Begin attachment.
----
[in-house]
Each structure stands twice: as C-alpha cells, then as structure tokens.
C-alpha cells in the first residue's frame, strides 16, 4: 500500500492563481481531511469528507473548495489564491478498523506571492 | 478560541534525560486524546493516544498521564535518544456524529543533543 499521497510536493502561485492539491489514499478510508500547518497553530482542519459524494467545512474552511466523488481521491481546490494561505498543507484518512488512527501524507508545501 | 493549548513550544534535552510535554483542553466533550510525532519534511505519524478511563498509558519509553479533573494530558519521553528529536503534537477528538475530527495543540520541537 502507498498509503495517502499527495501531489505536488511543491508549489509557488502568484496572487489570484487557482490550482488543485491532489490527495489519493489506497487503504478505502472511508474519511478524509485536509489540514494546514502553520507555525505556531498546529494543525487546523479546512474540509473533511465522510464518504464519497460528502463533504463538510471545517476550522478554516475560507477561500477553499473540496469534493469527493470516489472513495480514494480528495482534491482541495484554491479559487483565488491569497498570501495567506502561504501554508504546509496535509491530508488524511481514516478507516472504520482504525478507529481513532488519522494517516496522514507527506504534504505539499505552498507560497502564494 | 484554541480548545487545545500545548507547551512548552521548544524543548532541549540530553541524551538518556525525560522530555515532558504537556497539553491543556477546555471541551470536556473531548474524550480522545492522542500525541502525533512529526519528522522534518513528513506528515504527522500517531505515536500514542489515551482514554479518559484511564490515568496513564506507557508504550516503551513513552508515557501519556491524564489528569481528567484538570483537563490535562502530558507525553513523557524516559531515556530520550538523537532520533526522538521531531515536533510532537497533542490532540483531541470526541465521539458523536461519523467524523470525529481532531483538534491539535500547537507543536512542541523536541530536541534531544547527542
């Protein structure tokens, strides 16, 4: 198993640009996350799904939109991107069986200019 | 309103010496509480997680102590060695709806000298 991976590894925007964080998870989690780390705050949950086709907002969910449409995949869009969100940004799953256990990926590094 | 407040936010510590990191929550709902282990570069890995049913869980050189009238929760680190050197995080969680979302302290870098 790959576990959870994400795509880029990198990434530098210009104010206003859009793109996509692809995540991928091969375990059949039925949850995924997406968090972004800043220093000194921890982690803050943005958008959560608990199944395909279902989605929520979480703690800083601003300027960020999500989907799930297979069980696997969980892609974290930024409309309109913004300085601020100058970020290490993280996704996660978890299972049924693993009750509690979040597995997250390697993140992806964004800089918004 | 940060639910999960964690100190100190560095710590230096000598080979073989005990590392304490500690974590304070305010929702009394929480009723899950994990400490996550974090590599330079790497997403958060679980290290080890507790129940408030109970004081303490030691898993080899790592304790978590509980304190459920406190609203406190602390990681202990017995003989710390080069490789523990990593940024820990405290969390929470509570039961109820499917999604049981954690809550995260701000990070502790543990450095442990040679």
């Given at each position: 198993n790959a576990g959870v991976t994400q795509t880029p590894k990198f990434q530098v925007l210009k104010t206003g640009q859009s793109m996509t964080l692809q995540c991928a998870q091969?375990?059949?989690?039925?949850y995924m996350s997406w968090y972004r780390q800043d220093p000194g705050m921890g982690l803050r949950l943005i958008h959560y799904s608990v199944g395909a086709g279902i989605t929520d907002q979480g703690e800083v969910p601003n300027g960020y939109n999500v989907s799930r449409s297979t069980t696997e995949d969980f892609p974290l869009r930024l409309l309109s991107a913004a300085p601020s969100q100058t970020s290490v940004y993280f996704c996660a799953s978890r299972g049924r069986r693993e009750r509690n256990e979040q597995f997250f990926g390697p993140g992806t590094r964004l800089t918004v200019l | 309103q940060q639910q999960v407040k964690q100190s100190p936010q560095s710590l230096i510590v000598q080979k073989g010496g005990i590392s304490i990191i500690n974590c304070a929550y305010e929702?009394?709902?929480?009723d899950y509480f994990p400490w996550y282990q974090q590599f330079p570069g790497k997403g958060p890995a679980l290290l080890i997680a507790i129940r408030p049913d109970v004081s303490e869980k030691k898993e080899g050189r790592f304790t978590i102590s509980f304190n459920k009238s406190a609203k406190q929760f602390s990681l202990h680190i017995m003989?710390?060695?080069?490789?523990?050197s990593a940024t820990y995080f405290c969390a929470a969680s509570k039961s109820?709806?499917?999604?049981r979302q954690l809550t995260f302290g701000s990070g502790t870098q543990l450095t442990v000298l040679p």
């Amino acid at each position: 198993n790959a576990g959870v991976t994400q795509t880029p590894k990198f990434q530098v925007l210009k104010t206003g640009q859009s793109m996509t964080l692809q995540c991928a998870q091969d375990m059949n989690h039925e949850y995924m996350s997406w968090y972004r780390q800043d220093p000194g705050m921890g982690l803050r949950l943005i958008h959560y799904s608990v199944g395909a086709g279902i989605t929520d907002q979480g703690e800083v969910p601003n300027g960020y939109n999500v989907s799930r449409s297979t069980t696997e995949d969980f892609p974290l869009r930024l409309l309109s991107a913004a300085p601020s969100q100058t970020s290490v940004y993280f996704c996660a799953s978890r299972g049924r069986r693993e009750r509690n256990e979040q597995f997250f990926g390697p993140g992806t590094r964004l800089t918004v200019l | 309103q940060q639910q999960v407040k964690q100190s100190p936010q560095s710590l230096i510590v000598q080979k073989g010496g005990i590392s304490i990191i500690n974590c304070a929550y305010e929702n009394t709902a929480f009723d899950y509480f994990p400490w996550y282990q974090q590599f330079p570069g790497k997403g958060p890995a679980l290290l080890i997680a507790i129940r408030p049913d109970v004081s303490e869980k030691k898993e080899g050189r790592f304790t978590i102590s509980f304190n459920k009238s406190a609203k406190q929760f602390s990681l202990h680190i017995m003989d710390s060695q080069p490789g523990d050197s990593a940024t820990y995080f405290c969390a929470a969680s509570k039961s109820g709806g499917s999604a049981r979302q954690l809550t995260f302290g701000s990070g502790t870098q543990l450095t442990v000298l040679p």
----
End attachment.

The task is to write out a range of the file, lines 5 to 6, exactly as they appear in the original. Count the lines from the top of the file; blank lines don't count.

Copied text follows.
């Given at each position: 198993n790959a576990g959870v991976t994400q795509t880029p590894k990198f990434q530098v925007l210009k104010t206003g640009q859009s793109m996509t964080l692809q995540c991928a998870q091969?375990?059949?989690?039925?949850y995924m996350s997406w968090y972004r780390q800043d220093p000194g705050m921890g982690l803050r949950l943005i958008h959560y799904s608990v199944g395909a086709g279902i989605t929520d907002q979480g703690e800083v969910p601003n300027g960020y939109n999500v989907s799930r449409s297979t069980t696997e995949d969980f892609p974290l869009r930024l409309l309109s991107a913004a300085p601020s969100q100058t970020s290490v940004y993280f996704c996660a799953s978890r299972g049924r069986r693993e009750r509690n256990e979040q597995f997250f990926g390697p993140g992806t590094r964004l800089t918004v200019l | 309103q940060q639910q999960v407040k964690q100190s100190p936010q560095s710590l230096i510590v000598q080979k073989g010496g005990i590392s304490i990191i500690n974590c304070a929550y305010e929702?009394?709902?929480?009723d899950y509480f994990p400490w996550y282990q974090q590599f330079p570069g790497k997403g958060p890995a679980l290290l080890i997680a507790i129940r408030p049913d109970v004081s303490e869980k030691k898993e080899g050189r790592f304790t978590i102590s509980f304190n459920k009238s406190a609203k406190q929760f602390s990681l202990h680190i017995m003989?710390?060695?080069?490789?523990?050197s990593a940024t820990y995080f405290c969390a929470a969680s509570k039961s109820?709806?499917?999604?049981r979302q954690l809550t995260f302290g701000s990070g502790t870098q543990l450095t442990v000298l040679p």
């Amino acid at each position: 198993n790959a576990g959870v991976t994400q795509t880029p590894k990198f990434q530098v925007l210009k104010t206003g640009q859009s793109m996509t964080l692809q995540c991928a998870q091969d375990m059949n989690h039925e949850y995924m996350s997406w968090y972004r780390q800043d220093p000194g705050m921890g982690l803050r949950l943005i958008h959560y799904s608990v199944g395909a086709g279902i989605t929520d907002q979480g703690e800083v969910p601003n300027g960020y939109n999500v989907s799930r449409s297979t069980t696997e995949d969980f892609p974290l869009r930024l409309l309109s991107a913004a300085p601020s969100q100058t970020s290490v940004y993280f996704c996660a799953s978890r299972g049924r069986r693993e009750r509690n256990e979040q597995f997250f990926g390697p993140g992806t590094r964004l800089t918004v200019l | 309103q940060q639910q999960v407040k964690q100190s100190p936010q560095s710590l230096i510590v000598q080979k073989g010496g005990i590392s304490i990191i500690n974590c304070a929550y305010e929702n009394t709902a929480f009723d899950y509480f994990p400490w996550y282990q974090q590599f330079p570069g790497k997403g958060p890995a679980l290290l080890i997680a507790i129940r408030p049913d109970v004081s303490e869980k030691k898993e080899g050189r790592f304790t978590i102590s509980f304190n459920k009238s406190a609203k406190q929760f602390s990681l202990h680190i017995m003989d710390s060695q080069p490789g523990d050197s990593a940024t820990y995080f405290c969390a929470a969680s509570k039961s109820g709806g499917s999604a049981r979302q954690l809550t995260f302290g701000s990070g502790t870098q543990l450095t442990v000298l040679p």